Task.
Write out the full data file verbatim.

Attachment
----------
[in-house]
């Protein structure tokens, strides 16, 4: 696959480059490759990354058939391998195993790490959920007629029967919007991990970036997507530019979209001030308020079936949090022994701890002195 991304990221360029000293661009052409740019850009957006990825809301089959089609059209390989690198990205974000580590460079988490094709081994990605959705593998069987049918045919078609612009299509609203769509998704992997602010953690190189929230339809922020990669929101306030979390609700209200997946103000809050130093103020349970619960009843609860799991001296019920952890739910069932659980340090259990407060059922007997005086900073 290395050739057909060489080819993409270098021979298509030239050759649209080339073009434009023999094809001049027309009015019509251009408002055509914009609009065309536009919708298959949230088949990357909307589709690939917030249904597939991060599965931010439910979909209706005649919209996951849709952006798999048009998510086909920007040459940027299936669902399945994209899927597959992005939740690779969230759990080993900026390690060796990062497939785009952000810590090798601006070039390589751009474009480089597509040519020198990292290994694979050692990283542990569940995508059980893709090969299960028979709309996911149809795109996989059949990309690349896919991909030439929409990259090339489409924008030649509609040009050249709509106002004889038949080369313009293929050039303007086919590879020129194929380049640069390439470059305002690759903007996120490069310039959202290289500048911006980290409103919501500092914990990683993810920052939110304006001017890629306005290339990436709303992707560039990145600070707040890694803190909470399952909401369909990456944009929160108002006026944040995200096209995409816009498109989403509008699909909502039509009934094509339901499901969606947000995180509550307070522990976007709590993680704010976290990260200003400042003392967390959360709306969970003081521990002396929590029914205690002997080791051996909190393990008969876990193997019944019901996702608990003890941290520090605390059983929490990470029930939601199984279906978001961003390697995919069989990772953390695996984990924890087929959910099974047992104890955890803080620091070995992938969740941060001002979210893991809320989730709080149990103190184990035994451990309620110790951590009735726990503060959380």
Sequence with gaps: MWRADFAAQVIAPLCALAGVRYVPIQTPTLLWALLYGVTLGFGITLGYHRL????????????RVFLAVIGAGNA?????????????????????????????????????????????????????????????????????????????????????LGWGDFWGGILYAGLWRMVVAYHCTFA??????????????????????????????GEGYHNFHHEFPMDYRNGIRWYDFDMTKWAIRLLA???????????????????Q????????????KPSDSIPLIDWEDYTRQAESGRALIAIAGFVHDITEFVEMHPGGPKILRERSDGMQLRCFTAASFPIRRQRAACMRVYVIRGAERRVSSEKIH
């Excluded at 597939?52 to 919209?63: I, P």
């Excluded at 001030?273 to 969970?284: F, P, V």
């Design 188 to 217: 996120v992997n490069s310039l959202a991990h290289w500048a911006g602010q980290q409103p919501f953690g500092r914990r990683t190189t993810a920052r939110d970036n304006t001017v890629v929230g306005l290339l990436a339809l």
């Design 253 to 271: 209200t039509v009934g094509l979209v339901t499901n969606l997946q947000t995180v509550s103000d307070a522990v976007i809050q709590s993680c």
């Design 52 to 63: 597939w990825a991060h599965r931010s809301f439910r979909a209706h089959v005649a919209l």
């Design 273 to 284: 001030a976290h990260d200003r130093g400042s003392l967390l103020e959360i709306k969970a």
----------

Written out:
[in-house]
């Protein structure tokens, strides 16, 4: 696959480059490759990354058939391998195993790490959920007629029967919007991990970036997507530019979209001030308020079936949090022994701890002195 991304990221360029000293661009052409740019850009957006990825809301089959089609059209390989690198990205974000580590460079988490094709081994990605959705593998069987049918045919078609612009299509609203769509998704992997602010953690190189929230339809922020990669929101306030979390609700209200997946103000809050130093103020349970619960009843609860799991001296019920952890739910069932659980340090259990407060059922007997005086900073 290395050739057909060489080819993409270098021979298509030239050759649209080339073009434009023999094809001049027309009015019509251009408002055509914009609009065309536009919708298959949230088949990357909307589709690939917030249904597939991060599965931010439910979909209706005649919209996951849709952006798999048009998510086909920007040459940027299936669902399945994209899927597959992005939740690779969230759990080993900026390690060796990062497939785009952000810590090798601006070039390589751009474009480089597509040519020198990292290994694979050692990283542990569940995508059980893709090969299960028979709309996911149809795109996989059949990309690349896919991909030439929409990259090339489409924008030649509609040009050249709509106002004889038949080369313009293929050039303007086919590879020129194929380049640069390439470059305002690759903007996120490069310039959202290289500048911006980290409103919501500092914990990683993810920052939110304006001017890629306005290339990436709303992707560039990145600070707040890694803190909470399952909401369909990456944009929160108002006026944040995200096209995409816009498109989403509008699909909502039509009934094509339901499901969606947000995180509550307070522990976007709590993680704010976290990260200003400042003392967390959360709306969970003081521990002396929590029914205690002997080791051996909190393990008969876990193997019944019901996702608990003890941290520090605390059983929490990470029930939601199984279906978001961003390697995919069989990772953390695996984990924890087929959910099974047992104890955890803080620091070995992938969740941060001002979210893991809320989730709080149990103190184990035994451990309620110790951590009735726990503060959380």
Sequence with gaps: MWRADFAAQVIAPLCALAGVRYVPIQTPTLLWALLYGVTLGFGITLGYHRL????????????RVFLAVIGAGNA?????????????????????????????????????????????????????????????????????????????????????LGWGDFWGGILYAGLWRMVVAYHCTFA??????????????????????????????GEGYHNFHHEFPMDYRNGIRWYDFDMTKWAIRLLA???????????????????Q????????????KPSDSIPLIDWEDYTRQAESGRALIAIAGFVHDITEFVEMHPGGPKILRERSDGMQLRCFTAASFPIRRQRAACMRVYVIRGAERRVSSEKIH
């Excluded at 597939?52 to 919209?63: I, P």
């Excluded at 001030?273 to 969970?284: F, P, V």
């Design 188 to 217: 996120v992997n490069s310039l959202a991990h290289w500048a911006g602010q980290q409103p919501f953690g500092r914990r990683t190189t993810a920052r939110d970036n304006t001017v890629v929230g306005l290339l990436a339809l």
């Design 253 to 271: 209200t039509v009934g094509l979209v339901t499901n969606l997946q947000t995180v509550s103000d307070a522990v976007i809050q709590s993680c």
């Design 52 to 63: 597939w990825a991060h599965r931010s809301f439910r979909a209706h089959v005649a919209l």
């Design 273 to 284: 001030a976290h990260d200003r130093g400042s003392l967390l103020e959360i709306k969970a």